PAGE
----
LACONIA — The City Council this week authorized the School District to borrow $1,828,000 in the form of a federal Qualified Zone Academy Bond, or QZAB, the proceeds of which will be applied to renovations and improvements at Laconia High School.
The vote came after a legally required public hearing was opened and closed without anyone offering testimony. The only dissenting vote came from Councilor Brenda Baer (Ward 4) who did not speak to the issue but had registered her objections before the measure passed at a first reading on Oct. 28.
The bond, which has a term of 23 years and bears no interest, will be repaid in annual payments of $78,260 beginning in 2015. School Superintendent Terri Forsten assured the council that the debt service would be defrayed with funds from the School District's annual operating budgets. In addition, funding requires a local match of 10 percent in cash or in-kind, which Ed Emond, business administrator of the School District would be met with contributions to the capital campaign initially launched to fund the expansion and renovation of the Huot Regional Technical Education Center and reconfiguration of the high school playing fields.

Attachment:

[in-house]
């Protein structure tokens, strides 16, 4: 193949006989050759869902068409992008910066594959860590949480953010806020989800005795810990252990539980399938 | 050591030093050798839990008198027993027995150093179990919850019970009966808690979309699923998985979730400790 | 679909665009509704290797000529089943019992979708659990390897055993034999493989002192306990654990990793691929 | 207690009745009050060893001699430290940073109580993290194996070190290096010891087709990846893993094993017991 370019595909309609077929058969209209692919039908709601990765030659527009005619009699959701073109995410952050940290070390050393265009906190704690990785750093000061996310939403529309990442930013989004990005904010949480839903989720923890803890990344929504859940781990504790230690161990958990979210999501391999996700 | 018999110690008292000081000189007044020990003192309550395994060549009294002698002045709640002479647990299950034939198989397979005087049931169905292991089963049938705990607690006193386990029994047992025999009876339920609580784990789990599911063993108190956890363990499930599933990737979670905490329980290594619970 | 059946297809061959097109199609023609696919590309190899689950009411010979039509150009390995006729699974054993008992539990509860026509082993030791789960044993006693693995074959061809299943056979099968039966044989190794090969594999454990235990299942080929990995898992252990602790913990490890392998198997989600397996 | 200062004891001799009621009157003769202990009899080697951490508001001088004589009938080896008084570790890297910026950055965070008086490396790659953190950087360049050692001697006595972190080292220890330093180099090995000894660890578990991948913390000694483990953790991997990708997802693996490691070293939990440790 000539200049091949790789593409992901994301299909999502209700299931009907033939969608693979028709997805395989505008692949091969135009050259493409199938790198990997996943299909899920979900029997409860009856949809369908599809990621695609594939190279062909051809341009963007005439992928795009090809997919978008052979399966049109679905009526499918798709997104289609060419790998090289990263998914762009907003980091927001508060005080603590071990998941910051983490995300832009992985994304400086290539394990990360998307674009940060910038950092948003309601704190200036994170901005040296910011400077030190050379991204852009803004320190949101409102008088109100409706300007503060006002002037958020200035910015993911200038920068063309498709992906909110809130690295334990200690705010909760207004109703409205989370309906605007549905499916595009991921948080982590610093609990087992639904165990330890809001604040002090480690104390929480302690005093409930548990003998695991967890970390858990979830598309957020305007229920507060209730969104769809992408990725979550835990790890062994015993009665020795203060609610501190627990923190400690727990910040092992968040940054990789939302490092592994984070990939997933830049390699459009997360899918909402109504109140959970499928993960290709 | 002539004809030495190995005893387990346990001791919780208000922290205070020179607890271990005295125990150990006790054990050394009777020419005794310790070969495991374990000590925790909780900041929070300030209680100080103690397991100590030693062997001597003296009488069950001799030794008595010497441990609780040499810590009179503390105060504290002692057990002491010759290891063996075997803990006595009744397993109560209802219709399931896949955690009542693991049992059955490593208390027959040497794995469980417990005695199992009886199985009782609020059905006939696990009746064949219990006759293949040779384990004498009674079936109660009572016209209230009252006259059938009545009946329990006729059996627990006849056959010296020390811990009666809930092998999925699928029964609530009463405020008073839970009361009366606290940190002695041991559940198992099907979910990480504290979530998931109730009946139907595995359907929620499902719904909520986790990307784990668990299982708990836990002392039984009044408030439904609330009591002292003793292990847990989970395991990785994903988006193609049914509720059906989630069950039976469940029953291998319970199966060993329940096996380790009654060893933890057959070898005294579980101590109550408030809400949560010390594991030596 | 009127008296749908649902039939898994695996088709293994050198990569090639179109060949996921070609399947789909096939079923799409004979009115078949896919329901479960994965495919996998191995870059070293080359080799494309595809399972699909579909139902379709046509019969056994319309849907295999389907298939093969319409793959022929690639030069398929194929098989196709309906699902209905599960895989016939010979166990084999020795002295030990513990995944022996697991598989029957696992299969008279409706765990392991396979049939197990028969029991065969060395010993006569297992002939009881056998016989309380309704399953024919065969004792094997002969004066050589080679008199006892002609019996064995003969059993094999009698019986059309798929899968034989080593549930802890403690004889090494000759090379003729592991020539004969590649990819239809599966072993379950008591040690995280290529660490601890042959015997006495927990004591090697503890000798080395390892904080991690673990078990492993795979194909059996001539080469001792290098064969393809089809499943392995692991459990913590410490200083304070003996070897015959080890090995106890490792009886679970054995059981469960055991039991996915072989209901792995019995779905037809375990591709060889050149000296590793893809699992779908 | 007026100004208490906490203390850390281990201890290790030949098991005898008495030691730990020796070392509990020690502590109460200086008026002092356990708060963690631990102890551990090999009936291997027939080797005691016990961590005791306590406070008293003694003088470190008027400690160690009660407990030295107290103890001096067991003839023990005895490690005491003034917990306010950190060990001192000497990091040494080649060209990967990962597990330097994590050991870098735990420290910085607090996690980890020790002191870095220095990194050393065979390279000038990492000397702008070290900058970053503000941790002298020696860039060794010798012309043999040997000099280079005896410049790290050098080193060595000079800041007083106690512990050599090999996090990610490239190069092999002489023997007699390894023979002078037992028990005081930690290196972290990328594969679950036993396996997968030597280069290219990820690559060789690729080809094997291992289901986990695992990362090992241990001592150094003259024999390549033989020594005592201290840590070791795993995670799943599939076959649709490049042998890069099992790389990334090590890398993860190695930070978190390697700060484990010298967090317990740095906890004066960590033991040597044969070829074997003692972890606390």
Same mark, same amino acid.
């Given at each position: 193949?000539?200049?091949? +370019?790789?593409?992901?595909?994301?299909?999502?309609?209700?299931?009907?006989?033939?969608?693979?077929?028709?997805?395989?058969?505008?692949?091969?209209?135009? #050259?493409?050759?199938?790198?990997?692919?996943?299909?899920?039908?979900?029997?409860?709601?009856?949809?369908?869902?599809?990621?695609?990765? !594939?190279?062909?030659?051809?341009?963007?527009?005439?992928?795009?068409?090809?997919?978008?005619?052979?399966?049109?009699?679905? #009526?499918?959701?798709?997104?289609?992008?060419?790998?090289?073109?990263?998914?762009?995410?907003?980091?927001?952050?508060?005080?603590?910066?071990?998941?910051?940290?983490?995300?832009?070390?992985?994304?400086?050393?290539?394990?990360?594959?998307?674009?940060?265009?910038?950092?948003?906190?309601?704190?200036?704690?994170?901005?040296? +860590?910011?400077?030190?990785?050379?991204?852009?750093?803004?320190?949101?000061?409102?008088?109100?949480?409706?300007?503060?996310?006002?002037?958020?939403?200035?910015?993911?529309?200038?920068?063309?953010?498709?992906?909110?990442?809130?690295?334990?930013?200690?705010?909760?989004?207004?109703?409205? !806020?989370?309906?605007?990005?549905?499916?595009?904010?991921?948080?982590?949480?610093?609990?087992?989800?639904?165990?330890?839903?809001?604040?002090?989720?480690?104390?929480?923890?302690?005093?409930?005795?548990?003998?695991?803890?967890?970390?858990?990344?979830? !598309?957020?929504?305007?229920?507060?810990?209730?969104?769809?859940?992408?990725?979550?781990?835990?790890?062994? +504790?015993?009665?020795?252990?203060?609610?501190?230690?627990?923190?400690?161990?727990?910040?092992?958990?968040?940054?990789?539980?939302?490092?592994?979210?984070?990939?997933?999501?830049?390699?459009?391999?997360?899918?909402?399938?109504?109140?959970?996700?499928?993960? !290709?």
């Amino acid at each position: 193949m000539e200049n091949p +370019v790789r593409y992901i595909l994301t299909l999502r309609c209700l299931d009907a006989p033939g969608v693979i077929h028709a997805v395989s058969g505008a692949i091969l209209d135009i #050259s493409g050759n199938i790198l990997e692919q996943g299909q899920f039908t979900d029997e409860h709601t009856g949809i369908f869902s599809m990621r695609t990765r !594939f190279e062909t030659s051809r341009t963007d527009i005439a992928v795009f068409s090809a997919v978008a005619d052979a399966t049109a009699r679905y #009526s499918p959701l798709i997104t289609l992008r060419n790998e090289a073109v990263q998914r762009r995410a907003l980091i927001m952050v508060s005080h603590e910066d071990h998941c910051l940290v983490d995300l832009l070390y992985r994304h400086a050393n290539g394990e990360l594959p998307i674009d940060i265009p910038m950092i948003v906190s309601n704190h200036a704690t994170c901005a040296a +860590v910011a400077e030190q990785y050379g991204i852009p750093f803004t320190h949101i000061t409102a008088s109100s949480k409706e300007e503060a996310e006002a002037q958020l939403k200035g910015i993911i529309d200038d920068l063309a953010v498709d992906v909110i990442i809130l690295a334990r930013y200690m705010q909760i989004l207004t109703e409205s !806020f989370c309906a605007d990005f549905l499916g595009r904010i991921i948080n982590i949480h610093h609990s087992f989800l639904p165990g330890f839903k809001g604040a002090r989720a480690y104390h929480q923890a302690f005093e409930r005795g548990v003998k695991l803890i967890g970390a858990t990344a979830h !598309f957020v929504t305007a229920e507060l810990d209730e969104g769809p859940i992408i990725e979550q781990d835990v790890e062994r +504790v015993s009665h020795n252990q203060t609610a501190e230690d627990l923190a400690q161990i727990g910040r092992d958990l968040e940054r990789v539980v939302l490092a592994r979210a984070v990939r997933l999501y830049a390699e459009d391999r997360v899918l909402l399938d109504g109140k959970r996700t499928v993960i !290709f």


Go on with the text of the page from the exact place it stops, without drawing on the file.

The funds will be used to address health and safety issues, including installation of a sprinkler system and air handlers as well as removing asbestos and radon gas. If there are sufficient funds remaining the electrical systems in most classrooms would be upgraded, the bleachers in the gymnasium brought up to code, emergency lighting replaced with LED units and the main entrance secured.
The QZAB is the second the School District has accepted in four years. Earlier the district borrowed $6.5 million as part of the $16.8-million financing package to undertake major improvements at the high school and Huot Center.
Laconia was the only school district in the state to express interest in the QZAB, which is awarded by the federal government and administered by the New Hampshire Department of Education. To qualify more than 35 percent of the students enrolled in the district must be eligible for free or reduced lunch, a threshold Laconia, where 53 percent of students qualify, easily exceeds.